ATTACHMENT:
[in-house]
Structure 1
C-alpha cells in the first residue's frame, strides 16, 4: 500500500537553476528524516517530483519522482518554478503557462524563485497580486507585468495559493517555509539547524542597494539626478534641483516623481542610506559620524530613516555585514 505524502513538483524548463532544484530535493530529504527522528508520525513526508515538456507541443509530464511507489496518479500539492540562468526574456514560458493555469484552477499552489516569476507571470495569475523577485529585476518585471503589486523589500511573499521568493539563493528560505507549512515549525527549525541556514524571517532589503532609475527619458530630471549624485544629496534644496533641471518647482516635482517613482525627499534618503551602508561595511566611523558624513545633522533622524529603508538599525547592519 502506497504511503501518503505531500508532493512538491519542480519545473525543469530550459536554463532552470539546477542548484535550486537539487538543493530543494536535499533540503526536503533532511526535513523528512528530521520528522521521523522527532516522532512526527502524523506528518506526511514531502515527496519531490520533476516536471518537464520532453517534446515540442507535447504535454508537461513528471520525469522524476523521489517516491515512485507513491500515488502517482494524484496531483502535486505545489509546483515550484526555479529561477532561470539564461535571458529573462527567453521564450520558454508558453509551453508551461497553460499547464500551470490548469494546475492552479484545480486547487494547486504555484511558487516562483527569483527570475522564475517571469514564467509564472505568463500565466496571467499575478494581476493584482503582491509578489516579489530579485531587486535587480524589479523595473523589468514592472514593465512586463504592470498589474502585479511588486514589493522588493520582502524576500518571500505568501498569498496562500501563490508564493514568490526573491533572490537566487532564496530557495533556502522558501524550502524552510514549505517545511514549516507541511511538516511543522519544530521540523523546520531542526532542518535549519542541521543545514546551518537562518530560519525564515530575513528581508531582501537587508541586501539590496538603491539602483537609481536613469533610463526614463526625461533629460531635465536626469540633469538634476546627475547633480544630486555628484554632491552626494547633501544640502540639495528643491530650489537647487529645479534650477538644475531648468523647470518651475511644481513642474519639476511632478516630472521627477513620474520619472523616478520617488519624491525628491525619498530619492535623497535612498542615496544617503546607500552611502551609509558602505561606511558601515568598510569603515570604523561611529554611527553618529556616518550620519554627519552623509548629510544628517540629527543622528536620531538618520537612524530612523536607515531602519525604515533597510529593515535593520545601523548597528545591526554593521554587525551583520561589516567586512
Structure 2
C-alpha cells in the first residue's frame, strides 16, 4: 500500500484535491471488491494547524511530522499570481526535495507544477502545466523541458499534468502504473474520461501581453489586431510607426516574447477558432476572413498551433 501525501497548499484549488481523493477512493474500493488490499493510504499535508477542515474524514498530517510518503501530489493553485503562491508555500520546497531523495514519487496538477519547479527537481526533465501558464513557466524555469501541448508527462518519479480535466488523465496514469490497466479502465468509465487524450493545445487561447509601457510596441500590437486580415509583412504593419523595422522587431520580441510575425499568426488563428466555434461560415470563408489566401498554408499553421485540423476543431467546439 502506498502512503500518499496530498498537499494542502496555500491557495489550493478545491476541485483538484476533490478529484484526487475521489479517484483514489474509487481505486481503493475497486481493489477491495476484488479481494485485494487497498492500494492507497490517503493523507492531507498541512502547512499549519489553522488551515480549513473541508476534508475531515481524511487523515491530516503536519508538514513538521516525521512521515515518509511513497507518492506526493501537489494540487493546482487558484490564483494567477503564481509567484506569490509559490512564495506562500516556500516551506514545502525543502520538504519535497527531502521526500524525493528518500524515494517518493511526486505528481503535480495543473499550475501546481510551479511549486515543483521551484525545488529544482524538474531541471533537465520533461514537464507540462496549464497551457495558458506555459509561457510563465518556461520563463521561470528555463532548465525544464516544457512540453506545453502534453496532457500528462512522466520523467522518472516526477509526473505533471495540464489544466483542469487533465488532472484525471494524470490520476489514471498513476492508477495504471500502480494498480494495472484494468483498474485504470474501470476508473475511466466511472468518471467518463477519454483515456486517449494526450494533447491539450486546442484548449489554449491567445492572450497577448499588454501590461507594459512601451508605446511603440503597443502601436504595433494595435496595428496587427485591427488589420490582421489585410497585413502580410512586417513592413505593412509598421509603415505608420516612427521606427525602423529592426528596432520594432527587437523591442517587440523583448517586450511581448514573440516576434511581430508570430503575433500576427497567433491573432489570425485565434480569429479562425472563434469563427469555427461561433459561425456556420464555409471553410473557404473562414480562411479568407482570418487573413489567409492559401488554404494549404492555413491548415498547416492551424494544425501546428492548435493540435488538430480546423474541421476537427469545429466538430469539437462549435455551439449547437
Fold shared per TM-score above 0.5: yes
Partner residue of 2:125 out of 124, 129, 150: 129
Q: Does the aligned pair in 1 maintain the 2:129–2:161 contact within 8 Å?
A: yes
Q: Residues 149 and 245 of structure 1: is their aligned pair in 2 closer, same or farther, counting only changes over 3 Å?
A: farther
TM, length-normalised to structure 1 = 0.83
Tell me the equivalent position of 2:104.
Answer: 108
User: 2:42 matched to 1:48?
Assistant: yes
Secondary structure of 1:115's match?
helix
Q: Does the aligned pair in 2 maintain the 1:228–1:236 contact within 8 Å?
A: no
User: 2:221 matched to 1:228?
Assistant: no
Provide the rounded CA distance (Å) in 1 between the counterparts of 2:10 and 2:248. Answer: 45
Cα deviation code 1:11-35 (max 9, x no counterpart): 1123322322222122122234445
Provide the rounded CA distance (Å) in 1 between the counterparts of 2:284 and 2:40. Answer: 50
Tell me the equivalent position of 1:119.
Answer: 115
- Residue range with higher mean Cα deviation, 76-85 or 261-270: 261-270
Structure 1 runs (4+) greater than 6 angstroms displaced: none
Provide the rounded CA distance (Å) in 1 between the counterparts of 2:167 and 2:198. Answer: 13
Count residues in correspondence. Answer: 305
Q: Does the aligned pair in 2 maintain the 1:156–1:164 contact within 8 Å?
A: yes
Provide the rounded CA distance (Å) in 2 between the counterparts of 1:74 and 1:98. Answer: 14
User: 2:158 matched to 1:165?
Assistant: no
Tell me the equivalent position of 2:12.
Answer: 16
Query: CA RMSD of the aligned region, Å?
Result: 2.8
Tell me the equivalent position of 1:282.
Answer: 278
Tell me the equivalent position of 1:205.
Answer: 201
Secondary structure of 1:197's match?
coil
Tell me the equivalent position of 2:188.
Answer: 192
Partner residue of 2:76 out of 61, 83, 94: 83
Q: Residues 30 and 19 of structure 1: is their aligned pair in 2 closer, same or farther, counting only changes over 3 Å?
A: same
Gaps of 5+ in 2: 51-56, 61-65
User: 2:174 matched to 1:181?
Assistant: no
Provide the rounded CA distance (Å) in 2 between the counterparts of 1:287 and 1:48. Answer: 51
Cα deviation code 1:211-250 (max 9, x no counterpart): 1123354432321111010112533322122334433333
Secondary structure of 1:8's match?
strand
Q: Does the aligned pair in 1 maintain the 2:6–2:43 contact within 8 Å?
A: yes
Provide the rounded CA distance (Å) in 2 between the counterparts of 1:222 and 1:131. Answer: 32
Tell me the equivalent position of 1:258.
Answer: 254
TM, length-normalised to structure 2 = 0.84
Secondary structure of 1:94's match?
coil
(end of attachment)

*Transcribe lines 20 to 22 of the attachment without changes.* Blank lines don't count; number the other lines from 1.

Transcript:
A: no
User: 2:221 matched to 1:228?
Assistant: no